Look, up in the sky! It’s a bird! It’s a plane, it’s . . . Wall Street’s electric air-taxi future!
Earlier this month, a flying machine from the California-based Joby Aviation became the first “electric vertical take-off and landing aircraft — “eVTOL” — to go airborne from the Downtown Heliport that services Lower Manhattan’s financial district.
Joby is now expecting, by sometime in 2025, to be regularly ferrying high finance’s finest from Wall Street to JFK Airport in a mere seven minutes. Mere mortals taking autos and subways routinely spend well over an hour making the same trip.
Joby’s new one-pilot, four-passenger eVTOL figures to be only the first of many corporate efforts to speed New York’s deepest pockets on their electric way to destinations both lucrative and exotic. A host of corporations — from China’s eHang to Germany’s Volocopter — already have big plans underway for zipping the world’s richest up and over congested city streets.
But just imagine if all the investments and expertise going into turning our skies into air-taxi lanes for the richest among us were instead going into air-speed services that actually meet real public needs. Imagine air taxis, for instance, ferrying critically injured rural residents to distant emergency care.
Those sorts of efforts will have to wait. The vast wealth of our wealthiest is instead bending innovation and expertise to servicing the already rich. And that bending, new research out of Oxfam details, is keeping our planet’s richest entertained at a vast environmental cost.
The world’s wealthiest 1 percent, Oxfam’s latest research reveals, are now generating more carbon emissions than all the world’s poorest 66 percent combined. The carbon emissions from this 1 percent will — between 2020 and 2030 — “cause 1.3 million heat-related deaths” worldwide.
The world’s bottom 99 percent, Oxfam adds, would have to consume away for 1,500 years to match the carbon output that billionaires now produce in a single year.
But, even so, the political impact of the super rich actually outpaces the impact of their personal energy consumption. Only our richest “have the wealth, power, and influence to protect themselves.” And that same “wealth, power, and influence,” the new Oxfam study lays out, is keeping governments worldwide doing no more than “incentivizing incremental change” in energy policy instead of phasing out fossil fuels and investing massively in renewable energy.
We must not let ourselves treat climate and inequality as “separate issues,” environmental activist Greta Thunberg adds in her foreword to Oxfam’s latest appraisal of our world’s environmental and economic crises.
“Either we safeguard living conditions for all future generations,” she relates, “or we let a few very rich people maintain their destructive lifestyles and preserve an economic system geared towards short-term economic growth and shareholder profit.”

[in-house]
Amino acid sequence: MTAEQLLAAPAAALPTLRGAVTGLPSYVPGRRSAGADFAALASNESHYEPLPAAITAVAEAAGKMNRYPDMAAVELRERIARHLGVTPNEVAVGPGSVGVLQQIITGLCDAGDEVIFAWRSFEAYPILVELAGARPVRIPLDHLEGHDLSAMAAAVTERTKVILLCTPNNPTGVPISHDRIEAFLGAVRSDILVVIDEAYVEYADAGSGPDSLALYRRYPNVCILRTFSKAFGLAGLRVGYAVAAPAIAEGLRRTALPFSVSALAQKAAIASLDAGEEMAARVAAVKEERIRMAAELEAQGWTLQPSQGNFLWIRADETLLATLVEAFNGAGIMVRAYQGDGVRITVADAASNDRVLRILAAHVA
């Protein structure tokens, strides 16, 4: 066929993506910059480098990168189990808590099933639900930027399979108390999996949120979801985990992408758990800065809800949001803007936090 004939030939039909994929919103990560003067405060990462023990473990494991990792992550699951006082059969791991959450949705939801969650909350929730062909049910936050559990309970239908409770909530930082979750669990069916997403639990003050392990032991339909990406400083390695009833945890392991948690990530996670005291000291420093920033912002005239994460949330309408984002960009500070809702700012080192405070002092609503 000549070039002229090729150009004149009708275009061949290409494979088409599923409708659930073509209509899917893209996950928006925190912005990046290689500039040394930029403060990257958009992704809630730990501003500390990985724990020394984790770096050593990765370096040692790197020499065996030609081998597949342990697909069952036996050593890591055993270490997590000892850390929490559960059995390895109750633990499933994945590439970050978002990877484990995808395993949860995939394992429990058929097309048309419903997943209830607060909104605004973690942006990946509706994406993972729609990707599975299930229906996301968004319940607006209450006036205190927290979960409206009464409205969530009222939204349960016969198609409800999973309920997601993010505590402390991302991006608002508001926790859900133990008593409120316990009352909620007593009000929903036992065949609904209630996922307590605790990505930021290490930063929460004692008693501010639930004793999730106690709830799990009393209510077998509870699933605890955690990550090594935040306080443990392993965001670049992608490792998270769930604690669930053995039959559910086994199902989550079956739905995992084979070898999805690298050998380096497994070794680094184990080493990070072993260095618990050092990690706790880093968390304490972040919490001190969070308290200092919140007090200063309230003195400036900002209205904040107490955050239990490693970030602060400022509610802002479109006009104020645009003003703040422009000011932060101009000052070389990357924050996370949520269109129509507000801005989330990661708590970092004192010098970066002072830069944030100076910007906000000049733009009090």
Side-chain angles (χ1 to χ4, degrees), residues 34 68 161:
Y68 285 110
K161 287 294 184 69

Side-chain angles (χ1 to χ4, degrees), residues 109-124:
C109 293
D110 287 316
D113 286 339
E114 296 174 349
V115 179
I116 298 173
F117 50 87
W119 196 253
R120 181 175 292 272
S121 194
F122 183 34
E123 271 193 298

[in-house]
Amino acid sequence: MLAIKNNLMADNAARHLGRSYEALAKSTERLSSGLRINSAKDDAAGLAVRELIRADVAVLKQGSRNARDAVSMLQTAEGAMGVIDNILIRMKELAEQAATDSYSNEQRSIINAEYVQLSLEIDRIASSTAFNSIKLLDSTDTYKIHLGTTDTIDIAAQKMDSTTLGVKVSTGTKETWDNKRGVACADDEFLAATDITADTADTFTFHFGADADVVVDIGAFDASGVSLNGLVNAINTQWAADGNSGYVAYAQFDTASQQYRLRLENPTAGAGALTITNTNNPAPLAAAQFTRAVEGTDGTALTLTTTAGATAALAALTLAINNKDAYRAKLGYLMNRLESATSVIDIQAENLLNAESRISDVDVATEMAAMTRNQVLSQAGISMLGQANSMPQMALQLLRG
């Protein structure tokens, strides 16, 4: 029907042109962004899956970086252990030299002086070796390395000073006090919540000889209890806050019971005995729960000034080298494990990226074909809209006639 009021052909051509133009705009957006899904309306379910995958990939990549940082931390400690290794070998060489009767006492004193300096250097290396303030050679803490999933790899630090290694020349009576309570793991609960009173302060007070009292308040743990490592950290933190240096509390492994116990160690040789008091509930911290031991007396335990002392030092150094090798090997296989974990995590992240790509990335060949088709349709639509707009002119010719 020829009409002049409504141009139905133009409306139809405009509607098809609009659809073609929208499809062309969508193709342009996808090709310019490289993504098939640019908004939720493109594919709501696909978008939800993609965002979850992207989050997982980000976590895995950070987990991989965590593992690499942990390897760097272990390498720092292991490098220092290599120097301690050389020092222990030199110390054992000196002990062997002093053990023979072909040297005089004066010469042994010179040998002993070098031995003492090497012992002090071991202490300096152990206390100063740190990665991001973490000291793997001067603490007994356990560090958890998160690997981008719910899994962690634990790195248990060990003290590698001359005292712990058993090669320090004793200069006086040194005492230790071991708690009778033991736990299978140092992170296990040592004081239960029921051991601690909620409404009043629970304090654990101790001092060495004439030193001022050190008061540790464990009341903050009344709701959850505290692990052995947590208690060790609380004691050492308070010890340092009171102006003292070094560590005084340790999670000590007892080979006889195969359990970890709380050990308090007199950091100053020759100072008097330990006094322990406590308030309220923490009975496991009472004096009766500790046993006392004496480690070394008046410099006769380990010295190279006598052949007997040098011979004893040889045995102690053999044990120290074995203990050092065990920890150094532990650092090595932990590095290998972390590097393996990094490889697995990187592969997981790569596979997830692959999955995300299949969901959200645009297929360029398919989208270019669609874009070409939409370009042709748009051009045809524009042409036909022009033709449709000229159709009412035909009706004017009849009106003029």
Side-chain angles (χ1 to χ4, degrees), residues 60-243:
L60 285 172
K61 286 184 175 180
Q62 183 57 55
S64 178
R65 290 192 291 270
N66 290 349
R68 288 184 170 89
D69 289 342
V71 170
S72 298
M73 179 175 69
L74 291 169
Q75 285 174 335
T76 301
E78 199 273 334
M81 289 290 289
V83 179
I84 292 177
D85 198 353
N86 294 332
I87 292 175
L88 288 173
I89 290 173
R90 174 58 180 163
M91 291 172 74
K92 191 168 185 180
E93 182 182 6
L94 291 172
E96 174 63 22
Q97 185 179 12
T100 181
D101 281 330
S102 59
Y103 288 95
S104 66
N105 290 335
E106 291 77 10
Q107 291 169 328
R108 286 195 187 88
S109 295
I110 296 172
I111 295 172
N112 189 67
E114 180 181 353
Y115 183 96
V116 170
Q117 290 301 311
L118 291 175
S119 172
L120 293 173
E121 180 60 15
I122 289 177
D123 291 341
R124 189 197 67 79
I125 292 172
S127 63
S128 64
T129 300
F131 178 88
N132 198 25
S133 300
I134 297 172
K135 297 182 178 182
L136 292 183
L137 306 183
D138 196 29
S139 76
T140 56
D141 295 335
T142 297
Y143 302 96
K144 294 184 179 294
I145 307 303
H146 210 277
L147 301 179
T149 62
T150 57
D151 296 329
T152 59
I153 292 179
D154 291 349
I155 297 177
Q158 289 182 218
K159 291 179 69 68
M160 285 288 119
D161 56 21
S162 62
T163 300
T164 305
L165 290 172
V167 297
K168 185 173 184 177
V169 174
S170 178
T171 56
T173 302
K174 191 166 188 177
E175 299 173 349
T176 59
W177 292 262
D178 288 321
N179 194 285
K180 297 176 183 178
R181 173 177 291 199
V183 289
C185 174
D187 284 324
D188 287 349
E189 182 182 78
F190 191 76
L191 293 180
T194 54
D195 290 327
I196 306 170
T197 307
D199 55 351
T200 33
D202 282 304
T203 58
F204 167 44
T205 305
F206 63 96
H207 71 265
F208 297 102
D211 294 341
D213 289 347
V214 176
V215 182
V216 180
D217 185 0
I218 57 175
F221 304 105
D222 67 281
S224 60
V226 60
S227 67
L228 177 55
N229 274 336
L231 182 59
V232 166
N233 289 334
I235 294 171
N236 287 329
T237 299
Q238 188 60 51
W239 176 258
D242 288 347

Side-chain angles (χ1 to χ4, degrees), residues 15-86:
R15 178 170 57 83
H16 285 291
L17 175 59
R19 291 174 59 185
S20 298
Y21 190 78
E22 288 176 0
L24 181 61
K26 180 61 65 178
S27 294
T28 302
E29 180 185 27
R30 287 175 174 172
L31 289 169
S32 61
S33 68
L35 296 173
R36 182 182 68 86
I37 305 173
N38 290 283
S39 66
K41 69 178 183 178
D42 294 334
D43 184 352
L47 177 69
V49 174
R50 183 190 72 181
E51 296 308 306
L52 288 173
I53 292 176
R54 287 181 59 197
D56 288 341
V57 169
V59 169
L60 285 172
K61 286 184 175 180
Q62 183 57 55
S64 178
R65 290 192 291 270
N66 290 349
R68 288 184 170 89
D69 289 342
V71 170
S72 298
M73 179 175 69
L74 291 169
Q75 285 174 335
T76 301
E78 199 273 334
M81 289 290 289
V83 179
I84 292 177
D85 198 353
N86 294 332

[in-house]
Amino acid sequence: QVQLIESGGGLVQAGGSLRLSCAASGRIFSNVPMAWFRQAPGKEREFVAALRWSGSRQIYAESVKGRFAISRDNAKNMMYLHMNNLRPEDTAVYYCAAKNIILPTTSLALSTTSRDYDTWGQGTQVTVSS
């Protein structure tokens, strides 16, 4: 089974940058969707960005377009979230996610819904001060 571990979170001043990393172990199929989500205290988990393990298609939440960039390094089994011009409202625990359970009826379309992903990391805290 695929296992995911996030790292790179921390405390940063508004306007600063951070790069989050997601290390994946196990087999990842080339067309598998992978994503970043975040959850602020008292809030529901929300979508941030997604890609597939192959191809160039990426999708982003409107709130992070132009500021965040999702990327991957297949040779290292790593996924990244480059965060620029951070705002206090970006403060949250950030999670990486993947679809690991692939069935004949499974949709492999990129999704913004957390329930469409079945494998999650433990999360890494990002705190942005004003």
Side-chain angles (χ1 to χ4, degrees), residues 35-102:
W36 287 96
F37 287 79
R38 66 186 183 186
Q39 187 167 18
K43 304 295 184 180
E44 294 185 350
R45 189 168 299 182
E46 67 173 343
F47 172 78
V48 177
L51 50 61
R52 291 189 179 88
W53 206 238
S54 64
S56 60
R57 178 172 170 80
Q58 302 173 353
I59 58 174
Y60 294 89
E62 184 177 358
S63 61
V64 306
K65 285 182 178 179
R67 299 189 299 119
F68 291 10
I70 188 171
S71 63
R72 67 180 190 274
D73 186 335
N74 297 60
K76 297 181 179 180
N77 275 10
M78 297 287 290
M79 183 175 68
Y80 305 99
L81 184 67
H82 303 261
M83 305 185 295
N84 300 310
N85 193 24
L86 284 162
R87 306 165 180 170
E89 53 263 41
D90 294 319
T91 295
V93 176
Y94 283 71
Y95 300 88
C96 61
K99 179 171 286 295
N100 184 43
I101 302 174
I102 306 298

The “twin crises of climate and inequality,” Oxfam’s Climate Equality: A planet for the 99% report goes on to spell out, are “driving one another” — and only “a radical new approach” stands any chance of “overcoming the catastrophe unfolding before us.”
That “radical new approach” must take on “the disproportionate role that the richest individuals play in the climate crisis through their emissions, investments, and capture of politics.”
How can we best realize this badly needed “new approach”? We would need, argues Oxfam, to start aggressively taxing our super rich and the corporations that fuel their fortunes “to help pay for the transition to renewable energy.”
Just one example: Some 45 major oil and gas corporations averaged annual windfall profits of $237 billion in 2021 and 2022, dollars that overwhelmingly funneled straight into rich shareholder pockets. Governments worldwide, Oxfam notes, could have increased global investments in renewable energy by 31 percent had they taxed this windfall profit at 90 percent.
The new Oxfam study surveys a wide range of other options the world’s nations could pursue to subject the rich to serious taxation. Govrnments could, for instance, levy “steep and progressive” tax increases on the incomes of the ultra rich — as well as on their property, land, and inheritances. They could raise taxes on corporate profits, fossil fuels, and financial transactions — or levy entirely new taxes on “high-emitting luxury travel.”
The world, in other words, could have plenty of money for social and climate spending “if rich-country governments were willing to implement bold and progressive tax reforms.”
“We cannot allow the richest countries to claim that they cannot afford to raise the trillions needed,” Oxfam ends up concluding. “Mobilizing this money simply takes political will.”